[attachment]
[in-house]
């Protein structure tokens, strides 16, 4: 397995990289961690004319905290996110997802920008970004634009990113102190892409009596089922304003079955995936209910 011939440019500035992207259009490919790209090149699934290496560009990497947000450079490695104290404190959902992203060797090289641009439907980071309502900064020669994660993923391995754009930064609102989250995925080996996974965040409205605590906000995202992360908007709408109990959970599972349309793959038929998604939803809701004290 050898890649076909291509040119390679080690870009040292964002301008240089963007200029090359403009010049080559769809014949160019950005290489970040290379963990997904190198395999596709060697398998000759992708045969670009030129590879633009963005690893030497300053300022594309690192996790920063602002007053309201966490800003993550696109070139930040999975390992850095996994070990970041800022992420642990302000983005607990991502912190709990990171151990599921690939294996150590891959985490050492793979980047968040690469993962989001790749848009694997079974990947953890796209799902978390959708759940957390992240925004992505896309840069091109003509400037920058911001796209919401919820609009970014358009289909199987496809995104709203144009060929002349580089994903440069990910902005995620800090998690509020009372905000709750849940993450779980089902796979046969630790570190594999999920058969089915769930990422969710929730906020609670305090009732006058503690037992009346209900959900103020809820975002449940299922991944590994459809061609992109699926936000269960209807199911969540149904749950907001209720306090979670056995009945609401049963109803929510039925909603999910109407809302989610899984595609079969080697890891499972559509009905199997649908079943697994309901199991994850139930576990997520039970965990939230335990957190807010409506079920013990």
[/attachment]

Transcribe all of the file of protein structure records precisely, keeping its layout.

[in-house]
């Protein structure tokens, strides 16, 4: 397995990289961690004319905290996110997802920008970004634009990113102190892409009596089922304003079955995936209910 011939440019500035992207259009490919790209090149699934290496560009990497947000450079490695104290404190959902992203060797090289641009439907980071309502900064020669994660993923391995754009930064609102989250995925080996996974965040409205605590906000995202992360908007709408109990959970599972349309793959038929998604939803809701004290 050898890649076909291509040119390679080690870009040292964002301008240089963007200029090359403009010049080559769809014949160019950005290489970040290379963990997904190198395999596709060697398998000759992708045969670009030129590879633009963005690893030497300053300022594309690192996790920063602002007053309201966490800003993550696109070139930040999975390992850095996994070990970041800022992420642990302000983005607990991502912190709990990171151990599921690939294996150590891959985490050492793979980047968040690469993962989001790749848009694997079974990947953890796209799902978390959708759940957390992240925004992505896309840069091109003509400037920058911001796209919401919820609009970014358009289909199987496809995104709203144009060929002349580089994903440069990910902005995620800090998690509020009372905000709750849940993450779980089902796979046969630790570190594999999920058969089915769930990422969710929730906020609670305090009732006058503690037992009346209900959900103020809820975002449940299922991944590994459809061609992109699926936000269960209807199911969540149904749950907001209720306090979670056995009945609401049963109803929510039925909603999910109407809302989610899984595609079969080697890891499972559509009905199997649908079943697994309901199991994850139930576990997520039970965990939230335990957190807010409506079920013990």